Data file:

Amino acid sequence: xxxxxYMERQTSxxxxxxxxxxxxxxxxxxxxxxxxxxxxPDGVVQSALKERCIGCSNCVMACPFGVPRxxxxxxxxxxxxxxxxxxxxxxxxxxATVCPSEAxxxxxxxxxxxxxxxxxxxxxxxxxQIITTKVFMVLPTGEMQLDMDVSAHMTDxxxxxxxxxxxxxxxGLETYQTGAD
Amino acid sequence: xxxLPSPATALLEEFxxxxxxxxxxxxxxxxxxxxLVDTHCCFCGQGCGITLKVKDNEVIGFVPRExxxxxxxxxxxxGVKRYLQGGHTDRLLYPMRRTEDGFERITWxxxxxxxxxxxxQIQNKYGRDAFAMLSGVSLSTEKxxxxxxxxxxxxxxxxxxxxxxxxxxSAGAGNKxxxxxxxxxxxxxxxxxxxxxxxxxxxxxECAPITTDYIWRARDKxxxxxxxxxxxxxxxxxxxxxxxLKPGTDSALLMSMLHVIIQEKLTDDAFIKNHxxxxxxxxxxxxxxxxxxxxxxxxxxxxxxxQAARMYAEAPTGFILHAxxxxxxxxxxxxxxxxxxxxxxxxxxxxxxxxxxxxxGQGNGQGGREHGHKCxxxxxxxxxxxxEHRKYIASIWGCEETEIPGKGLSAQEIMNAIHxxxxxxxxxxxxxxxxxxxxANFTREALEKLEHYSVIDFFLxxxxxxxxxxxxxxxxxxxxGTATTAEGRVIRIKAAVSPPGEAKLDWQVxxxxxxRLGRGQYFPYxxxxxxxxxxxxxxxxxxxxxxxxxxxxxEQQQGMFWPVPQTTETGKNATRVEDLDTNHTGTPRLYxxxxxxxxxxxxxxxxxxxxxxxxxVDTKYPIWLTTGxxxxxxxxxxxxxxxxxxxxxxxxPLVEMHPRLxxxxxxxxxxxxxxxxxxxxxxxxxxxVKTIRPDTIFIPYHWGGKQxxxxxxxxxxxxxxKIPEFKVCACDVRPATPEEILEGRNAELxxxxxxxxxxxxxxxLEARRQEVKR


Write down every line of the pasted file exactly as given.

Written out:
Amino acid sequence: xxxxxYMERQTSxxxxxxxxxxxxxxxxxxxxxxxxxxxxPDGVVQSALKERCIGCSNCVMACPFGVPRxxxxxxxxxxxxxxxxxxxxxxxxxxATVCPSEAxxxxxxxxxxxxxxxxxxxxxxxxxQIITTKVFMVLPTGEMQLDMDVSAHMTDxxxxxxxxxxxxxxxGLETYQTGAD
Amino acid sequence: xxxLPSPATALLEEFxxxxxxxxxxxxxxxxxxxxLVDTHCCFCGQGCGITLKVKDNEVIGFVPRExxxxxxxxxxxxGVKRYLQGGHTDRLLYPMRRTEDGFERITWxxxxxxxxxxxxQIQNKYGRDAFAMLSGVSLSTEKxxxxxxxxxxxxxxxxxxxxxxxxxxSAGAGNKxxxxxxxxxxxxxxxxxxxxxxxxxxxxxECAPITTDYIWRARDKxxxxxxxxxxxxxxxxxxxxxxxLKPGTDSALLMSMLHVIIQEKLTDDAFIKNHxxxxxxxxxxxxxxxxxxxxxxxxxxxxxxxQAARMYAEAPTGFILHAxxxxxxxxxxxxxxxxxxxxxxxxxxxxxxxxxxxxxGQGNGQGGREHGHKCxxxxxxxxxxxxEHRKYIASIWGCEETEIPGKGLSAQEIMNAIHxxxxxxxxxxxxxxxxxxxxANFTREALEKLEHYSVIDFFLxxxxxxxxxxxxxxxxxxxxGTATTAEGRVIRIKAAVSPPGEAKLDWQVxxxxxxRLGRGQYFPYxxxxxxxxxxxxxxxxxxxxxxxxxxxxxEQQQGMFWPVPQTTETGKNATRVEDLDTNHTGTPRLYxxxxxxxxxxxxxxxxxxxxxxxxxVDTKYPIWLTTGxxxxxxxxxxxxxxxxxxxxxxxxPLVEMHPRLxxxxxxxxxxxxxxxxxxxxxxxxxxxVKTIRPDTIFIPYHWGGKQxxxxxxxxxxxxxxKIPEFKVCACDVRPATPEEILEGRNAELxxxxxxxxxxxxxxxLEARRQEVKR